Feb 13

Building centers – observing play

Today the girls participated in building centers. Their task was to work in pairs at one center. Each center had a different option for building. Before we began, I showed them the options of toys for building. What they saw was a bunch of fun stuff they couldn’t wait to get there hands on. What they did not realize was I was very interested in their interactions with the toys. How did they build? Did they play? I had two toy choices available that were open- ended play, while the other two were direction-following, more scripted toys.

I was excited to see what they would do.

First they were allowed to chose what they wanted to build. The scripted Lego kits were snatched up first (after all- this is Lego Club for girls!) and the tinker toys were also picked. No one selected the Paolo blocks- I will have to get these girls to try them later. They are honestly really cool!

The girls worked in pairs and the first chunk of time was quiet. (That is rare for girls club). Then, I was starting to observe a lot in their interactions.

Addy and Ali worked together on a Tangled tower. Ali followed the directions to a “T” and I was impressed with what was able to get done in such a small amount of time. Addy, who is four, just played.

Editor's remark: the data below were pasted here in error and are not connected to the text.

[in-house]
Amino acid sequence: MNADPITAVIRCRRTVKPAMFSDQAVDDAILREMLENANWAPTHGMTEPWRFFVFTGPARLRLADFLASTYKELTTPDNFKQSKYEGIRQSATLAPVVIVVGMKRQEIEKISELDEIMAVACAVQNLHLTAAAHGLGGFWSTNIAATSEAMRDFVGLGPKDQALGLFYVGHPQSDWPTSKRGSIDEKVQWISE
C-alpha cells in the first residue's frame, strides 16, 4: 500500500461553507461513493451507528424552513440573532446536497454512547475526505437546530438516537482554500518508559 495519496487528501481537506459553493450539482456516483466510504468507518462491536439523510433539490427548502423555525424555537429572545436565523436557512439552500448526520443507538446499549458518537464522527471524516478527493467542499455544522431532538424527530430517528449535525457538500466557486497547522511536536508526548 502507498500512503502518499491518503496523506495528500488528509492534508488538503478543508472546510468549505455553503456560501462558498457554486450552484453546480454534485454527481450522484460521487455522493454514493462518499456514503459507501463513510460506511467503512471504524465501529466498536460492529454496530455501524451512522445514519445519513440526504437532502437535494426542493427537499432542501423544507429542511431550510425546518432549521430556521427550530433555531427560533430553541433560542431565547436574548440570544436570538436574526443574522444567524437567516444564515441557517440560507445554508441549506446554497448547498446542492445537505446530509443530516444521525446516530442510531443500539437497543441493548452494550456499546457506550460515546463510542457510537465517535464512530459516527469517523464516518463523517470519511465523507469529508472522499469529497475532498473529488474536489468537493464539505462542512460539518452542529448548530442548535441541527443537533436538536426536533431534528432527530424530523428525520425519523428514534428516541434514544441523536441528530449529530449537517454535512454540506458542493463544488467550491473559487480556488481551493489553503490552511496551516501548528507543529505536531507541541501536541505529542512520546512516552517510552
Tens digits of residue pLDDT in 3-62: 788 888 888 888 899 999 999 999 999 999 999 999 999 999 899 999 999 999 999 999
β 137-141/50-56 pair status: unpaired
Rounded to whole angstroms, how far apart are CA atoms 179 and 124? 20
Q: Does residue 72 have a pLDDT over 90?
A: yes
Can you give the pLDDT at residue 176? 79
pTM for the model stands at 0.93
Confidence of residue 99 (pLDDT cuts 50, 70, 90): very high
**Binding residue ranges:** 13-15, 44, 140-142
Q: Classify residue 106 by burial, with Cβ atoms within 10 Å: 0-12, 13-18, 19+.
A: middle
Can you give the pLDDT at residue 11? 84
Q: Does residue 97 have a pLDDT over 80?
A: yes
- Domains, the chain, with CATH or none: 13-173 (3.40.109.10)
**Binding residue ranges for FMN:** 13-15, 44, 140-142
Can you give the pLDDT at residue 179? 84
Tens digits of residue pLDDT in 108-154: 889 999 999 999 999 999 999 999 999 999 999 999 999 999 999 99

Claire and Elizabeth were working on the Lego Friends Brickmaster story set. They honestly could care less about the story and just wanted to build. They skipped right into the directions part of the book. Once one chapter’s parts were assembled, they quickly took it down (no playing) in order to try out the next chapter’s buildings. I was surprised by this, as I would have thought the girls would play with the items they made and interact with them. I think lego was hoping for that too, but for these girls… They just wanted to build.
Madison and Anika were building with the Tinker Toys and their imaginations went to work. Madison started to create a giant creature and Anika was building a horse stable. What was interesting about them was that in about 10 minutes time they were using what they had build separately, to play together. They had a very detailed story with a captured princess. Every time something was needed they dove into the pile to make it, all while playing.
These open ended toys sure did provoke more imagination and creativity.
I’m not saying the open-ended toys are better. I think the ones with directions promote great spacial skills and abilities. Those toys are hard work and take determination. The open-ended toys seem to use a completely different side of the brain. These girls were immersed in their play all while building. In the end, both types are all about learning physics, scale, loading constraints, structure, and much more. These girls are building more than just a creation every time they are building.

The centers were fun. The girls wanted to stay where they were the entire time and not switch. I would like to have them switch another time to try out other the toys. I am interested to see if it changes their interactions with bulding.